sounds like the poor baby lacks confidence if she is frightened , anxious or avoiding certain situations. the best way to build a dogs confidence is setting them up for success with clicker training.
    Karen pryors books were part of a veterinary course curriculum i took years ago and after reading them my world with 9 house dogs changed completely- it especially helped most of the 9 who were adopted from abusive/neglectful homes/breeders and were also jumpy , fearful and withdrawn.

    by treating her just to treat her you may accidently be rewarding the fearful behavior- which would be one reason why your not seeing improvement.

    Karen Pryor is an active, leading spokesperson and teacher for effective force-free training across the globe. Her work with dolphins in the 1960's revolutionized animal training by pioneering and popularizing force-free training methods based on operant conditioning and the conditioned reinforcer.She is the author of six books, including "Don’t Shoot the Dog! ", the "bible" of training with positive reinforcement.
    You could pick up the book "dont shoot the dog" at your local public library. after you read the book you will have a totally different understanding of dogs behavior & training and you will be able to make your new collie and your old man jack russels life 100x easier and more satisfying for all of you.

    I am so thankful that reading the book was a requirement for that semester focusing on animal behavior because I am not fond of reading and would have never read the book ( the title irked me)

    Trust me- Read It- you will not regret it!
    Good luck
    keep us posted!
     
  5. JP101010

    JP101010 Chillin' With My Peeps

    tethering her to you would be an example of a desensitizing method which can work if done correctly- done blind it may or may not increase her fear of you. it may even help to create a fear of the leash or walking on the leash.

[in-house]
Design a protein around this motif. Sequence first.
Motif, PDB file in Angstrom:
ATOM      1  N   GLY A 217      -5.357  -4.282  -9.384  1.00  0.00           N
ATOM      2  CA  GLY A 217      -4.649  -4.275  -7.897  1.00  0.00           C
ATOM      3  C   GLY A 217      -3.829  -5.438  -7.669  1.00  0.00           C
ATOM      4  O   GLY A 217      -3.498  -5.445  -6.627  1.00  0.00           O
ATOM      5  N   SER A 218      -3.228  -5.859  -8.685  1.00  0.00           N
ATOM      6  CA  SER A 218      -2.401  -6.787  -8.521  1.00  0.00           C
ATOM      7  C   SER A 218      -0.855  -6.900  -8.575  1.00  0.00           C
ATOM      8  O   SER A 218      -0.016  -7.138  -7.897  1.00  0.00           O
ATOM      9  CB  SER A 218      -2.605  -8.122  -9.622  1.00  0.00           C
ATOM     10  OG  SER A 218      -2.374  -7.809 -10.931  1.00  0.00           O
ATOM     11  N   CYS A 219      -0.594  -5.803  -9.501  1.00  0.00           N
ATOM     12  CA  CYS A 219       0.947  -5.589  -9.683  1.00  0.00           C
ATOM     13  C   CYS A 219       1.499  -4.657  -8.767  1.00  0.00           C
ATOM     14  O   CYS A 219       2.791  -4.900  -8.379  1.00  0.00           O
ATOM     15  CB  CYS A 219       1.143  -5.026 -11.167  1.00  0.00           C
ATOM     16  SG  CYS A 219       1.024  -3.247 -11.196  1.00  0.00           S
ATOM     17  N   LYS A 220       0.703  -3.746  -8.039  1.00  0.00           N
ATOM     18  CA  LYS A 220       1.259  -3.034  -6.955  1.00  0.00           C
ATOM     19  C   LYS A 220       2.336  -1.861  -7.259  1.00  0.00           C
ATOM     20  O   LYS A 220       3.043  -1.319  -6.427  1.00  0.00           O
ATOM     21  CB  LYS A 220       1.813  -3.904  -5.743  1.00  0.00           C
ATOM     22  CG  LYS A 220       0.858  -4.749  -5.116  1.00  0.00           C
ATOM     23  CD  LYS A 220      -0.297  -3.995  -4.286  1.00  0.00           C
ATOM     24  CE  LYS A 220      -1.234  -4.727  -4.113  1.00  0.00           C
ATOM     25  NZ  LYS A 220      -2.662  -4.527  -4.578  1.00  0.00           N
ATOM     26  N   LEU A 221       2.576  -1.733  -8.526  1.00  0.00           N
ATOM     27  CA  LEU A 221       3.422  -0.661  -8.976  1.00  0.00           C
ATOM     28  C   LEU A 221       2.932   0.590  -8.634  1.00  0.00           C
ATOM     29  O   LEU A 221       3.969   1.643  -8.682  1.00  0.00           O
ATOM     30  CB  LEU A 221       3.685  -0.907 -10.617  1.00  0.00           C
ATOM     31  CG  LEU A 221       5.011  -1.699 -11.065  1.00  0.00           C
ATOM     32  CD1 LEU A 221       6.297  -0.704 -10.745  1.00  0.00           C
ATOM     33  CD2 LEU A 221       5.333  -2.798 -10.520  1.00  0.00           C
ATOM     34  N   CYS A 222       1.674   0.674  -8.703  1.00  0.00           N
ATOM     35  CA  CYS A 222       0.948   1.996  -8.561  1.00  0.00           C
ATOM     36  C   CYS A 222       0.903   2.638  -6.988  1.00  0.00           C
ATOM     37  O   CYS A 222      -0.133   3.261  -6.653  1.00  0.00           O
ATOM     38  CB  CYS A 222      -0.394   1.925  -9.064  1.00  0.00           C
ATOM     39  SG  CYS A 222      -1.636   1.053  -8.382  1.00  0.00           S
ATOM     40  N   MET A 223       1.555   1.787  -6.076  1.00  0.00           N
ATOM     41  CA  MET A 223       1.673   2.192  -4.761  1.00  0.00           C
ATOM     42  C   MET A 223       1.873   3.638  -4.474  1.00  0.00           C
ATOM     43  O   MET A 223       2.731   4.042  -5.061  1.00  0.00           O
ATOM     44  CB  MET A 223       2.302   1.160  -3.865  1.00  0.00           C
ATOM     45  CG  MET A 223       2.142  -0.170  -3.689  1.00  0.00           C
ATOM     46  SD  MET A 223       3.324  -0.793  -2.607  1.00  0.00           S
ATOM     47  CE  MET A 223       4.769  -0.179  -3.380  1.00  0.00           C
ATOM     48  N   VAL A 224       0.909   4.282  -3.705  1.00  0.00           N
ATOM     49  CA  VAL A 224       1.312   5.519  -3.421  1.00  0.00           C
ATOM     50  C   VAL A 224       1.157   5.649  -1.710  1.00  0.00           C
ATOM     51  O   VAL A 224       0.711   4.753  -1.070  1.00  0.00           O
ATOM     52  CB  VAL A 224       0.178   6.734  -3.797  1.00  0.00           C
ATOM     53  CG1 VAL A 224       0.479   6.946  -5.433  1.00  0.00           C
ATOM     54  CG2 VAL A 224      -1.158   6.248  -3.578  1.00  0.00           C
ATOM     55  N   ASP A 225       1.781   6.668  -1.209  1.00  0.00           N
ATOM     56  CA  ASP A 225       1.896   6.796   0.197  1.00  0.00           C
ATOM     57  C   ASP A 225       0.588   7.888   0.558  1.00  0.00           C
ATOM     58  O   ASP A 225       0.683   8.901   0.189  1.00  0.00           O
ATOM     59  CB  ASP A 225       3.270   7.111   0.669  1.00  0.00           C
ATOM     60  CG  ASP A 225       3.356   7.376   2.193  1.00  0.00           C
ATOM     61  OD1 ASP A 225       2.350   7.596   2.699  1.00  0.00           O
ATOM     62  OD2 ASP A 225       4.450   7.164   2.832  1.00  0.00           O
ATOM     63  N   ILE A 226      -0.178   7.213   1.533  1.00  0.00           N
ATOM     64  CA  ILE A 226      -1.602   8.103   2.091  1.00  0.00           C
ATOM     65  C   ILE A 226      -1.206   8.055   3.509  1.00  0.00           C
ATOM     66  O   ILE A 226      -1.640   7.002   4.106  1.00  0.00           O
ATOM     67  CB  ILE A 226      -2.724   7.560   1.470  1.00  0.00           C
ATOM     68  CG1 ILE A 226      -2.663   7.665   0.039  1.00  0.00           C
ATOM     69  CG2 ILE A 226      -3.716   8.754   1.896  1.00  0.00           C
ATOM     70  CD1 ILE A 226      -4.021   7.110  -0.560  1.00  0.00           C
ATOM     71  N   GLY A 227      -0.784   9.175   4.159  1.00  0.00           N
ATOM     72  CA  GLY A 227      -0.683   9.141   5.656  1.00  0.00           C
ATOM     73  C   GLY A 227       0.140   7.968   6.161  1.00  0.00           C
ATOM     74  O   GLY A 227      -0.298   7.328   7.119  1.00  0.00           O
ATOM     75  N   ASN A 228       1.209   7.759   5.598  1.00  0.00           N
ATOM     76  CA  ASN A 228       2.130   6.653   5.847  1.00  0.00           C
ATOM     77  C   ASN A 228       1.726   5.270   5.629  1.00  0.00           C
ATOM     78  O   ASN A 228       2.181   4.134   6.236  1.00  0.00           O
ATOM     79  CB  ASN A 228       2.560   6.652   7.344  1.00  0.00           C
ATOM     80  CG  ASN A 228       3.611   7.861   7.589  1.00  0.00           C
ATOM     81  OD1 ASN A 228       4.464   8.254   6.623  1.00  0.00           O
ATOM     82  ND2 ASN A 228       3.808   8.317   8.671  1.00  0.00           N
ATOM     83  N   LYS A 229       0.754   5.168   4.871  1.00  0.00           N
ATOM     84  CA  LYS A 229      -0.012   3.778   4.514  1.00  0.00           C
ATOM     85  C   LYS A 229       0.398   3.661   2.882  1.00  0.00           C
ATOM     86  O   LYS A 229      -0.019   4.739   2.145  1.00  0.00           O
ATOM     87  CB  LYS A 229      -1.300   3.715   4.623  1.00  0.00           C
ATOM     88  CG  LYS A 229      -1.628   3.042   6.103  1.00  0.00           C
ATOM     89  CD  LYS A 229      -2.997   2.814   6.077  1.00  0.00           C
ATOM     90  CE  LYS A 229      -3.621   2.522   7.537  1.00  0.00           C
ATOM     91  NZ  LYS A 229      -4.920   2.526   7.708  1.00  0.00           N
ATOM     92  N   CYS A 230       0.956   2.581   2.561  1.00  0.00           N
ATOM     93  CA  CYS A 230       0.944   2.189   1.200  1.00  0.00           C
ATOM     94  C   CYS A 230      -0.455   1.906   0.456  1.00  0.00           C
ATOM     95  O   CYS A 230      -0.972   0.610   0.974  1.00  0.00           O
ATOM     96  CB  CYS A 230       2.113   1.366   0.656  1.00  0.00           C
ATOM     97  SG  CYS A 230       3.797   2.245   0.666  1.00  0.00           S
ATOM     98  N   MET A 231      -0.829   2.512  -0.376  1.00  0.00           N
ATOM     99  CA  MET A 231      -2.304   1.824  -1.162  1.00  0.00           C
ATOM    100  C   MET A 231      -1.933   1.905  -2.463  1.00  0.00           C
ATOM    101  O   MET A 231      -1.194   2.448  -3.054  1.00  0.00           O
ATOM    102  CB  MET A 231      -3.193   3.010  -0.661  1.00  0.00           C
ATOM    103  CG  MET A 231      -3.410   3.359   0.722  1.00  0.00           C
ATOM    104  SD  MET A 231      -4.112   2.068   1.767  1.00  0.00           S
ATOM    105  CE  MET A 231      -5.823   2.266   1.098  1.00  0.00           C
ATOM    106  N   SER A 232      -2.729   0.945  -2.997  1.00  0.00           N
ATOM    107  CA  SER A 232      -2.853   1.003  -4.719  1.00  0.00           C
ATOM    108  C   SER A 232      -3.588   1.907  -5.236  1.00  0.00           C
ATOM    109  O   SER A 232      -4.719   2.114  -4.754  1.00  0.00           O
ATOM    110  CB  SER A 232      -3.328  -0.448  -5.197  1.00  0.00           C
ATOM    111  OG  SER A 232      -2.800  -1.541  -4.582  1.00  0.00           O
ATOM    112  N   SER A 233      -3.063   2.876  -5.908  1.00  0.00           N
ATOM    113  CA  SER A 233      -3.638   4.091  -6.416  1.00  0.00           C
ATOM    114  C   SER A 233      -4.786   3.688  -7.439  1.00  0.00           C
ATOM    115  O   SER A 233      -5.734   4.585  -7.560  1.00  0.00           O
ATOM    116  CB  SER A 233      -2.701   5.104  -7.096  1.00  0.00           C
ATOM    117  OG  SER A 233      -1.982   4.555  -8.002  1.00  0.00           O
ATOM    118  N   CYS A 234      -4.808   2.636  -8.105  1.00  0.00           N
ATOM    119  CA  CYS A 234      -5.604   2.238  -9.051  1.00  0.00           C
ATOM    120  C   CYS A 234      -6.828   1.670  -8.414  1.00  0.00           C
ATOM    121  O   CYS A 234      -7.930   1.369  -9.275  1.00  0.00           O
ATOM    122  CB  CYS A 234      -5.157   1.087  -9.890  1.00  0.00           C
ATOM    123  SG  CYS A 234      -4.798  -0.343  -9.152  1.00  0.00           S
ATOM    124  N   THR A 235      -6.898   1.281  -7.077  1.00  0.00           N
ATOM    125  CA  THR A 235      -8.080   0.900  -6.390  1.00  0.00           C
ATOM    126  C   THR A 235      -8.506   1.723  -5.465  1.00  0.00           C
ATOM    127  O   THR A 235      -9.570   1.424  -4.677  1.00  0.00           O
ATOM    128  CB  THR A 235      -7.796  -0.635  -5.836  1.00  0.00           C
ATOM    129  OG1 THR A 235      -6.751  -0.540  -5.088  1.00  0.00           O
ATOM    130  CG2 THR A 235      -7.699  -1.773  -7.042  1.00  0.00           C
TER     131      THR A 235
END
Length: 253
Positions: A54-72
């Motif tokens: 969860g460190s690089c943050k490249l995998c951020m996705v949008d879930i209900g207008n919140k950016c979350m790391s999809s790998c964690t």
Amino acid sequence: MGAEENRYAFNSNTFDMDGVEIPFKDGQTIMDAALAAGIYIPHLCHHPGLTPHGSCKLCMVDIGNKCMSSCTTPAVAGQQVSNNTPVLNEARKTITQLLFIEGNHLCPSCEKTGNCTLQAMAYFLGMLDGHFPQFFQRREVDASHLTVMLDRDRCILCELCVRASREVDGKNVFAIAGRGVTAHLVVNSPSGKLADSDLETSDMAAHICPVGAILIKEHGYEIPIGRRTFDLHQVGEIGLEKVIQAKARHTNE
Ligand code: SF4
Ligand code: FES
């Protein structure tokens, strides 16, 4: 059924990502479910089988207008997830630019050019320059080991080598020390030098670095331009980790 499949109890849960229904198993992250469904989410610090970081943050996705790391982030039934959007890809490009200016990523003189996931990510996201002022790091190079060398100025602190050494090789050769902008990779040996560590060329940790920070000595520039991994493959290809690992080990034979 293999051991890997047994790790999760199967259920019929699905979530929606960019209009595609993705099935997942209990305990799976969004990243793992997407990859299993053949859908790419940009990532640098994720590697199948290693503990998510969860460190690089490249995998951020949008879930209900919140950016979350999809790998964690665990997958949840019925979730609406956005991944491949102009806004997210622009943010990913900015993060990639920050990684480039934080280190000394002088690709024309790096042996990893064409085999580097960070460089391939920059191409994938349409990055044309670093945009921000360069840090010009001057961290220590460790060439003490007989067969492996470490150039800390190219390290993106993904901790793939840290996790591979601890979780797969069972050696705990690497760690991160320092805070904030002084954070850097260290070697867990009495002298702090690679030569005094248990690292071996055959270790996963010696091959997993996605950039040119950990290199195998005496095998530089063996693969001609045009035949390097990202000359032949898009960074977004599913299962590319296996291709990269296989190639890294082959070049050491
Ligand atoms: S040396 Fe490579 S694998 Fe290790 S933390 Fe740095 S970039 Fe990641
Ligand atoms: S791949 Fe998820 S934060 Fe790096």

6. dainerra

    dainerra Chillin' With My Peeps

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    true what you said. but the dog isn't frightened in new situations and isn't frightened of them outside the home. She also wasn't frightened of them before she was startled.
     
  7. Jamie_Dog_Trainer

    Jamie_Dog_Trainer Chillin' With My Peeps

    Jul 8, 2008
    Washington State
    Quote:We don't know what she was frightened of or her level of confidence really. Many people mistake the cues of a nervy dog, or just plain never see it. IMO unless there was a physical portion to the "yelling" the dog should have recovered from it and not have the lasting fearful behavior. That is not normal. She's a sensitive or "soft" dog and needs some confidence building through bonding with training and umbiliculling. She'll probably always have a tendency to be more cautious and sensitive to people.
     
  8. dainerra

    dainerra Chillin' With My Peeps

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    that's why I told them to talk to the breeder who SHOULD have not just experience with the breed, but with the habits of this dog in particular.
     
  9. BookWorm243

    BookWorm243 Chillin' With My Peeps

    Oct 13, 2010
    Franklin, NC
    Take her on a walk it may sound silly but a nice walk with you will help her to bond with you. [​IMG]
     
  10. ruffles

    ruffles Chillin' With My Peeps

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    Jun 26, 2009
    If you have other dogs, she will learn by observing how the other dogs interact.

    Just be yourself, but, do not baby her, I think someone mentioned this, you are re enforcing her behavior.

    Keep her with you, talk to her, just your normal business. Walks if you can are great,

    She was friendly with you at her kennel, this was her home.